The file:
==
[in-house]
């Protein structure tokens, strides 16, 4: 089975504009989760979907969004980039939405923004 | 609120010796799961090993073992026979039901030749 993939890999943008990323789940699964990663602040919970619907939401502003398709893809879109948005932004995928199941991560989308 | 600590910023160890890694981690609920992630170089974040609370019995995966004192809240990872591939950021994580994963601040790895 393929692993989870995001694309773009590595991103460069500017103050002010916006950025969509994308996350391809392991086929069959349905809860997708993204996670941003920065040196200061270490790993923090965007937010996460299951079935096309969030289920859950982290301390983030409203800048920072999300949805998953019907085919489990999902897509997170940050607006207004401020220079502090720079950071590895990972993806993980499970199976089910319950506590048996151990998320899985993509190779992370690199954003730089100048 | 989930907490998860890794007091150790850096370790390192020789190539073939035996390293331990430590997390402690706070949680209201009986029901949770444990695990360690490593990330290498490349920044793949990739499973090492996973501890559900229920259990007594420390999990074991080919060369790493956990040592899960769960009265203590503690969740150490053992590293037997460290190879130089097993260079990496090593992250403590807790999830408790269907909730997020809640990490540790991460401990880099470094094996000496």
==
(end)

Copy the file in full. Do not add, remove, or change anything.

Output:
[in-house]
């Protein structure tokens, strides 16, 4: 089975504009989760979907969004980039939405923004 | 609120010796799961090993073992026979039901030749 993939890999943008990323789940699964990663602040919970619907939401502003398709893809879109948005932004995928199941991560989308 | 600590910023160890890694981690609920992630170089974040609370019995995966004192809240990872591939950021994580994963601040790895 393929692993989870995001694309773009590595991103460069500017103050002010916006950025969509994308996350391809392991086929069959349905809860997708993204996670941003920065040196200061270490790993923090965007937010996460299951079935096309969030289920859950982290301390983030409203800048920072999300949805998953019907085919489990999902897509997170940050607006207004401020220079502090720079950071590895990972993806993980499970199976089910319950506590048996151990998320899985993509190779992370690199954003730089100048 | 989930907490998860890794007091150790850096370790390192020789190539073939035996390293331990430590997390402690706070949680209201009986029901949770444990695990360690490593990330290498490349920044793949990739499973090492996973501890559900229920259990007594420390999990074991080919060369790493956990040592899960769960009265203590503690969740150490053992590293037997460290190879130089097993260079990496090593992250403590807790999830408790269907909730997020809640990490540790991460401990880099470094094996000496």